Thank you to Net Galley and Hodder & Stoughton for providing this complimentary book so that I might write a review of The Dragon’s Promise by Elizabeth Lim.
After thoroughly enjoying Six Crimson Cranes, I was excited to continue on and finish out Shiori’s story in The Dragon’s Promise.
This is the second duology that I’ve read by Elizabeth Lim and a pattern is beginning to emerge.
I initially discovered Lim when I heard about Spin the Dawn. It is such a creative idea, and I love a good competition, so I immediately fell in love with it. When an Unravel the Dusk ARC became available, I scooped it up right away.
While I still enjoyed the second book, it didn’t shine as much as the first book.
I could say the same for The Dragon’s Promise, so let’s get on with my review.
The Dragon’s Promise Review
The Dragon’s Promise picks up right where Six Crimson Cranes leaves off. It’s a bit jarring after a year between books. There’s no recap or refresher. And I don’t recall any explanations in the text reminding readers of important characters.
In fact, for the first three chapters, I was convinced Takkan was the bad guy in the last book and couldn’t figure out what was going on every time he was mentioned.
Takkan is Shiori’s betrothed for any who have forgotten.
I’m sure this won’t matter one hill of beans to someone binging the series, but in the normal flow of things, it confused me.
This might have contributed to my attitude the rest of the book, but I simply struggled to get into the story for the first 40% of the way through.
The beginning was slow, somewhat seemingly pointless, and—especially considering the events that happened in the latter half of the book—completely unnecessary.
That might be a bit of an exaggeration. She did acquire something that proved useful later on.
My point is, The Dragon’s Promise starts off rough around the edges and becomes just okay by the end.
The story starts off with Shiori and Seryu going to the realm of the dragons. After that initial sequence mentioned above, we don’t see Seryu the whole rest of the book.
After Shiori’s return to Kiata, there are some heartwarming moments with her father and brothers, but enemies are still afoot and the ever present danger of the mountain full of demons lead by Bandur.
Since bringing up Bandur, it’s time to share my second gripe with The Dragon’s Promise, and that’s a recycled storyline.
Does Bandur sound familiar? He should, because he’s the demon enemy in Spin the Dawn. And the isle that Maia goes to with all the ghosts and demons? It’s called Lapzur if you’ve forgotten.
Yeah, that isle is in The Dragon’s Promise, too.
Now, I knew that Spin the Dawn and Six Crimson Cranes were in the same world. What I didn’t expect was that the two duologies would use the same plot points.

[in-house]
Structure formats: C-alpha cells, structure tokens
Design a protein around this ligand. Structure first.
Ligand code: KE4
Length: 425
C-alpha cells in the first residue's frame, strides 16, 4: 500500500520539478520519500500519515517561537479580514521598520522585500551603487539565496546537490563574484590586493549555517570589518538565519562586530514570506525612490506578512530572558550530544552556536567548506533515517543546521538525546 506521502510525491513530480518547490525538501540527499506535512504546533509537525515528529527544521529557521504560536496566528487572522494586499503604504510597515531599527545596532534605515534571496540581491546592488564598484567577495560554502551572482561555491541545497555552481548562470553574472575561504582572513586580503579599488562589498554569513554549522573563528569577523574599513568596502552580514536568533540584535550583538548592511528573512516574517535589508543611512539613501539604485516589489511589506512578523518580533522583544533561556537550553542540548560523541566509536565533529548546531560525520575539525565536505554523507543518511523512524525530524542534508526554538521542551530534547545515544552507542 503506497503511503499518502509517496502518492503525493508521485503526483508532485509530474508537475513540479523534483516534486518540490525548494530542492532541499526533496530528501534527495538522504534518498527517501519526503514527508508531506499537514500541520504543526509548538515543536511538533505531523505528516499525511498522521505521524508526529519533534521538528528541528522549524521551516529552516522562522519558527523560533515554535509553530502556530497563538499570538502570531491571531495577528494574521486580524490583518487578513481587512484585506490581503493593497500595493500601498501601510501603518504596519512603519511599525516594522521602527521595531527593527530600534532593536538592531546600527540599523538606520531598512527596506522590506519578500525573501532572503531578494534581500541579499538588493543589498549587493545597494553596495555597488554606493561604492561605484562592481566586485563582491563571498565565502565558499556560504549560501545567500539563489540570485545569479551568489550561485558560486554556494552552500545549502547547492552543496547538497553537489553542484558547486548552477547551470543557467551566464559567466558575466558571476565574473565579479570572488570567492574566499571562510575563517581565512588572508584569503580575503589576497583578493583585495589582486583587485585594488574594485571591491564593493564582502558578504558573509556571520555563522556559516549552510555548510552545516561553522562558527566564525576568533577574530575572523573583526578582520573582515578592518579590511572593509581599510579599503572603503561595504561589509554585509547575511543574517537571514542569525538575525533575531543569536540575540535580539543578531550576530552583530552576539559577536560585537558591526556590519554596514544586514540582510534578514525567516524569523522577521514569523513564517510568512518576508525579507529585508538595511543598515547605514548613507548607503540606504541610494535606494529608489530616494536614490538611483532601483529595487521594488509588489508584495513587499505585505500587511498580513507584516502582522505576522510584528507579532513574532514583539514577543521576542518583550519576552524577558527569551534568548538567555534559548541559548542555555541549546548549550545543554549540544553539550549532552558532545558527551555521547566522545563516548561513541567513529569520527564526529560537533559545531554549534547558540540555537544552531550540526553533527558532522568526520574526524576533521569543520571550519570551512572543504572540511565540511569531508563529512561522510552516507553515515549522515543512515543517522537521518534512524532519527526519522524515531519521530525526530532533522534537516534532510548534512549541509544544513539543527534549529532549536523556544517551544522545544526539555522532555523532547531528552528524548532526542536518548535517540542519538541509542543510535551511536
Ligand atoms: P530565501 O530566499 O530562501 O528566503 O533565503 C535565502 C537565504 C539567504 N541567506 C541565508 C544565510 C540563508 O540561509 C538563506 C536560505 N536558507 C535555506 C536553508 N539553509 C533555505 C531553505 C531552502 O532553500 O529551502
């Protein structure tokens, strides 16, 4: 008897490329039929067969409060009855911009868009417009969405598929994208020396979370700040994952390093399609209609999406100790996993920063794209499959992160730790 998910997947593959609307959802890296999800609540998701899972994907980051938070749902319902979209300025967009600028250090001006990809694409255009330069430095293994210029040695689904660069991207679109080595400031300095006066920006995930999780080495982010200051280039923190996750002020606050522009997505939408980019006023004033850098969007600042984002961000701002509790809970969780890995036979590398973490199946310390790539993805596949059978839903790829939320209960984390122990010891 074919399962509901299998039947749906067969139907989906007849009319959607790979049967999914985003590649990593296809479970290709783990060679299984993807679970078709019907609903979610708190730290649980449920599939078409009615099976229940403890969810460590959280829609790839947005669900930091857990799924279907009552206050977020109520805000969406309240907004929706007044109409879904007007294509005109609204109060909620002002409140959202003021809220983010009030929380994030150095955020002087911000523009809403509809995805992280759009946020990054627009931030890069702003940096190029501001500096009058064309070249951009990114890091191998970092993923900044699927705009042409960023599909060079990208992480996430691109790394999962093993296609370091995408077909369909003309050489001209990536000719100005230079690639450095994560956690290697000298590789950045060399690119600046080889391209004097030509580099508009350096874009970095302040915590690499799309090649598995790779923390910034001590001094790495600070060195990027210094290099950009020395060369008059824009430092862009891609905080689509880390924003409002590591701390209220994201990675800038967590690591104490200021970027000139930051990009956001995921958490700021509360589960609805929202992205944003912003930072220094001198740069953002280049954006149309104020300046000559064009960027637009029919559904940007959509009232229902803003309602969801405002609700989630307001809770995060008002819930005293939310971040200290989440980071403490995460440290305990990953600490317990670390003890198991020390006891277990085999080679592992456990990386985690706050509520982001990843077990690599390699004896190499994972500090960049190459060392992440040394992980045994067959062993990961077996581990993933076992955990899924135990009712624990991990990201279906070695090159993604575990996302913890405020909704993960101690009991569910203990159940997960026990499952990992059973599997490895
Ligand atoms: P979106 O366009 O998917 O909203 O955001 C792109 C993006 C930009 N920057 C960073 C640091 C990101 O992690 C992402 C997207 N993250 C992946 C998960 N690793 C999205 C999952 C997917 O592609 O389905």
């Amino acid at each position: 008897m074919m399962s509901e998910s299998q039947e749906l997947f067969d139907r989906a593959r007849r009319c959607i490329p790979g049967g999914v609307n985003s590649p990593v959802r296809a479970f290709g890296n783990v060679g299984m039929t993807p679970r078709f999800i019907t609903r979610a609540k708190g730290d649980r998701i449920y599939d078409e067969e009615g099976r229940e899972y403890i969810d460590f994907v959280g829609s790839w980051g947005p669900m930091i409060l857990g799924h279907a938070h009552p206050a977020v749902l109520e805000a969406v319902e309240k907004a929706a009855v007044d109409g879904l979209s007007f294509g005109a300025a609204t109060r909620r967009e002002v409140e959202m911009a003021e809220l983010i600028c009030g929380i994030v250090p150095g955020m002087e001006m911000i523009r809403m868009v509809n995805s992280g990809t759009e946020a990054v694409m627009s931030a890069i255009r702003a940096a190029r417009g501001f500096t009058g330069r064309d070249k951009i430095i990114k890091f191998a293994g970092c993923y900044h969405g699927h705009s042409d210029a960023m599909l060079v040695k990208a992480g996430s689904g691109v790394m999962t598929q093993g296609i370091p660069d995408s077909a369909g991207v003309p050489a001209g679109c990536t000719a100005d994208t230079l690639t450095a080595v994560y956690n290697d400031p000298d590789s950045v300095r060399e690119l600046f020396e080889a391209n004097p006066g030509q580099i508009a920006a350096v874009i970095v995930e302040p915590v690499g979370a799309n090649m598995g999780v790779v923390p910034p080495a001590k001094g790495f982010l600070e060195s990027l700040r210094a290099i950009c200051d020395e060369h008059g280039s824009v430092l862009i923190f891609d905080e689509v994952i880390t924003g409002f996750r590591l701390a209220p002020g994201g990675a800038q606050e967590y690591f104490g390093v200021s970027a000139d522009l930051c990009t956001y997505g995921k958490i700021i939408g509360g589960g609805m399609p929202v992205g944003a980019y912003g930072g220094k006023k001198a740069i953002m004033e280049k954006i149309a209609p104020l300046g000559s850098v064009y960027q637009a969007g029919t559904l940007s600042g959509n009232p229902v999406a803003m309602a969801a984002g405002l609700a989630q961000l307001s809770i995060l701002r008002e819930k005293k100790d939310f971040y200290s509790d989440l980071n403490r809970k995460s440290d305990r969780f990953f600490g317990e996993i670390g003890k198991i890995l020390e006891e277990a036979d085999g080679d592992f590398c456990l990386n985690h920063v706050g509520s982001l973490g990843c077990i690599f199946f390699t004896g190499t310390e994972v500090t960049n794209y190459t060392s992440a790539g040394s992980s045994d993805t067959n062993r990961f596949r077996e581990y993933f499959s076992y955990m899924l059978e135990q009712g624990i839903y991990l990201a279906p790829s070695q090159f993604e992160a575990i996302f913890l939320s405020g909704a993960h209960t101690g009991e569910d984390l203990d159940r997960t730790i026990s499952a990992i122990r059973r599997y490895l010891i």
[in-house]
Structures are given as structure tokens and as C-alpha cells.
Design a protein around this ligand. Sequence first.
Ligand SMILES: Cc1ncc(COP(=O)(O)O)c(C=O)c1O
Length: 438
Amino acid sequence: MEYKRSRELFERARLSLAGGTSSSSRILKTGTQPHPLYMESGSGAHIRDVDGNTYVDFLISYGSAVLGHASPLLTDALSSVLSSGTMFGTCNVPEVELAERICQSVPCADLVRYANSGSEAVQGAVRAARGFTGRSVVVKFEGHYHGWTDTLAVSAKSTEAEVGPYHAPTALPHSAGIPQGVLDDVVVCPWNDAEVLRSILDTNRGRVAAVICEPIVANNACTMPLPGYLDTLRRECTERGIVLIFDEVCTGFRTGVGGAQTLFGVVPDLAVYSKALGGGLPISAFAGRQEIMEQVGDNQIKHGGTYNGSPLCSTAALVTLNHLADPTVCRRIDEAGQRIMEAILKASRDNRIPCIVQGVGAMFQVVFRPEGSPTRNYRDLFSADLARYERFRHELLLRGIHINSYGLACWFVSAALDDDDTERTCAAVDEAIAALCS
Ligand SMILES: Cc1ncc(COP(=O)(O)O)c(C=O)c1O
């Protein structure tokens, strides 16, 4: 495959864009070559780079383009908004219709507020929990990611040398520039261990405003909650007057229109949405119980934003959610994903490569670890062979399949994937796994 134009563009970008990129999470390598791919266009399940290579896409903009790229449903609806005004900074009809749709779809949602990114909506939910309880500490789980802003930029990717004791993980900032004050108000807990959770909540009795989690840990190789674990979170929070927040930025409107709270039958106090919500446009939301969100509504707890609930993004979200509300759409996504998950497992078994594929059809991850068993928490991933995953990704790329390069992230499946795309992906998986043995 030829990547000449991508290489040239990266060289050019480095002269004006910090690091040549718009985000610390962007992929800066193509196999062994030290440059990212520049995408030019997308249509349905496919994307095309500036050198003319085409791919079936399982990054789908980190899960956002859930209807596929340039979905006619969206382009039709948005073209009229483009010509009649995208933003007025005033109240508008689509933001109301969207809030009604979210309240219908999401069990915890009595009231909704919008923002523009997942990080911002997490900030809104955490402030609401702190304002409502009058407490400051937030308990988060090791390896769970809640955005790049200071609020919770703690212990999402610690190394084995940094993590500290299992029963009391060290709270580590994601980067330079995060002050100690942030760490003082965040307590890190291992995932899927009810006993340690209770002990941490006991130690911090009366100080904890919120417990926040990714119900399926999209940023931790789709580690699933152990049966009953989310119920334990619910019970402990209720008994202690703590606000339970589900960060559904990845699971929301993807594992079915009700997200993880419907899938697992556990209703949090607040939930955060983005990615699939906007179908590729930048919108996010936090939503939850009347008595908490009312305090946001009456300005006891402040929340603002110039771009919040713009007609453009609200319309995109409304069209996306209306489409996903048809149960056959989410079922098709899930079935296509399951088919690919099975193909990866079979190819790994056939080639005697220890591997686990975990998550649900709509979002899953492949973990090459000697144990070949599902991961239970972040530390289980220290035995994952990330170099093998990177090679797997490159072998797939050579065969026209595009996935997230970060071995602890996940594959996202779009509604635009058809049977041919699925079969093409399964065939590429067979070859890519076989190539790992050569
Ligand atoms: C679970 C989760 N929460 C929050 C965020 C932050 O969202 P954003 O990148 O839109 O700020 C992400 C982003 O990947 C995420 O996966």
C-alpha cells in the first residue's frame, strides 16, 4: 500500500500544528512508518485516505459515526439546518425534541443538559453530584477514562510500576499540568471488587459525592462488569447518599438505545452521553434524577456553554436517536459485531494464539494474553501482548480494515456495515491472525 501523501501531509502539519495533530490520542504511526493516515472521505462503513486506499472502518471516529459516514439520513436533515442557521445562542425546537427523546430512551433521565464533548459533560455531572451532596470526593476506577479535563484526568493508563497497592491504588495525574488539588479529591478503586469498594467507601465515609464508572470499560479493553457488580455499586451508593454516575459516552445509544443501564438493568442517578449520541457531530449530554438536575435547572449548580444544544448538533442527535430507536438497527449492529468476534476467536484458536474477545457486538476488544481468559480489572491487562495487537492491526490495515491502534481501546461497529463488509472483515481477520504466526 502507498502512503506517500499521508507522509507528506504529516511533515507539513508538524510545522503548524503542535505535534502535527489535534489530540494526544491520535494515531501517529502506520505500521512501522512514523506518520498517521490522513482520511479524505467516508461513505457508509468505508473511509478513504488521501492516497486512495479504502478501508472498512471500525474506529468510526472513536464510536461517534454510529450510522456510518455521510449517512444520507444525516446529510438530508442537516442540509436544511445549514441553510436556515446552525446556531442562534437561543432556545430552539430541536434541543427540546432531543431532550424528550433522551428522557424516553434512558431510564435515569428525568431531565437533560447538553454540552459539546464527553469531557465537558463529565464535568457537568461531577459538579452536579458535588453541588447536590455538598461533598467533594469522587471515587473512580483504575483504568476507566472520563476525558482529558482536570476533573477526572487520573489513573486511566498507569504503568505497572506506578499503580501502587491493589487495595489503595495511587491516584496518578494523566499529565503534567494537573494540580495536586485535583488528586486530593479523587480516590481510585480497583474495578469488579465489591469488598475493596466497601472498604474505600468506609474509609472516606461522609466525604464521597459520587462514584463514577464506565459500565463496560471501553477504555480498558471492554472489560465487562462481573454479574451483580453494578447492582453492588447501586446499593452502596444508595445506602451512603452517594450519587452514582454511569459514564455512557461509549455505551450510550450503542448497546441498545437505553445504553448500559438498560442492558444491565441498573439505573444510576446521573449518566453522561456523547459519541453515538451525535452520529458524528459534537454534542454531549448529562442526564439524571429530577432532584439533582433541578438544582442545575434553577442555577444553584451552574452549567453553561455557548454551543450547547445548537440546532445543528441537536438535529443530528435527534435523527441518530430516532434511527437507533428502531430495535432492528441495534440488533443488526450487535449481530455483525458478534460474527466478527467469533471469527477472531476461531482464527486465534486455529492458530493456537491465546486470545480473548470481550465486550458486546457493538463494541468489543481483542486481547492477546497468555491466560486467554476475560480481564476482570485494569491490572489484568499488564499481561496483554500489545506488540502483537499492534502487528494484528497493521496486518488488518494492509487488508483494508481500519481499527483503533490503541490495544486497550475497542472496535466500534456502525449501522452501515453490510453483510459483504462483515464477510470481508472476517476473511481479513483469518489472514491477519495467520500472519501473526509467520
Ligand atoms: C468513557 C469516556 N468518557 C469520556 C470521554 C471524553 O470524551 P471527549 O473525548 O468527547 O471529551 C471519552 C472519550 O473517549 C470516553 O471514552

Shiori spends the whole of The Dragon’s Promise getting to Lapzur to bring about the climax of the book. And if that sounds familiar it’s because it is.
I was less than impressed reading the same book twice, but having different characters with different motivations doing basically the same thing.
Let’s move on to the plot since we’re talking about it.
At first, I could have sworn the plot was to defeat the dragons, or convince them to do something important for her, or something.
I mean the first 40% of the book is spent in the land of the dragons, with Shiori narrowly avoiding death at their hands countless times over.
Then there’s a sudden shift to the plot being about Bandur and his demon army, which comes out of nowhere halfwhere through the book (remember, I forgot Six Crimson Cranes and what she was trying to do at the end).
Shiori is the bloodsake. For centuries, a bloodsake is born, the priestesses kill the bloodsake to prevent the demons from escaping the mountain and killing them all. If Shiori’s blood were to be given to the mountain, the whole thing would fall apart and the demons would be free.
So the priestesses usually burn the bloodsake. As soon as a bloodsake is killed, another is born. In this case, the current bloodsake is Shiori. So there’s those enemies.
But Bandur wants her to free the demons, and he’s ruthless in taken over the bodies of her loved ones to convince her to do it.
She needs to stop Bandur, avoid being killed by crazy priestesses, all while dealing with court politics from wolves in sheep’s clothing in her own court.
Final Thoughts on The Dragon’s Promise
That last sentence there is a really decent premise, and (admittedly) the story from that point forward is pretty great (excusing the recycled plot points concerning Lapzur).
If the first half of the book had been condensed to 2-3 chapters at most, and Lim had worked a little harder to conceal the reused plot points, I might have enjoyed this book as much as I did Unravel the Dusk. Because even though I said it didn’t shine like Spin the Dawn did, I still thoroughly enjoyed it.
I cannot say the same for The Dragon’s Promise. So much so, that I’ll have to think twice about beginning another Elizabeth Lim duology. The first book sucks me in, and the second book disappoints.
A series ending should be so explosive it leaves me wanting more and sends me into a book slump so hard that nothing else but another book in the same series will snap me out of it.
Instead, The Dragon’s Promise left me with no desire to ever see Shiori again. She (and her cohort) was just that forgettable.
I give The Dragon’s Promise a 3 out of 5 stars.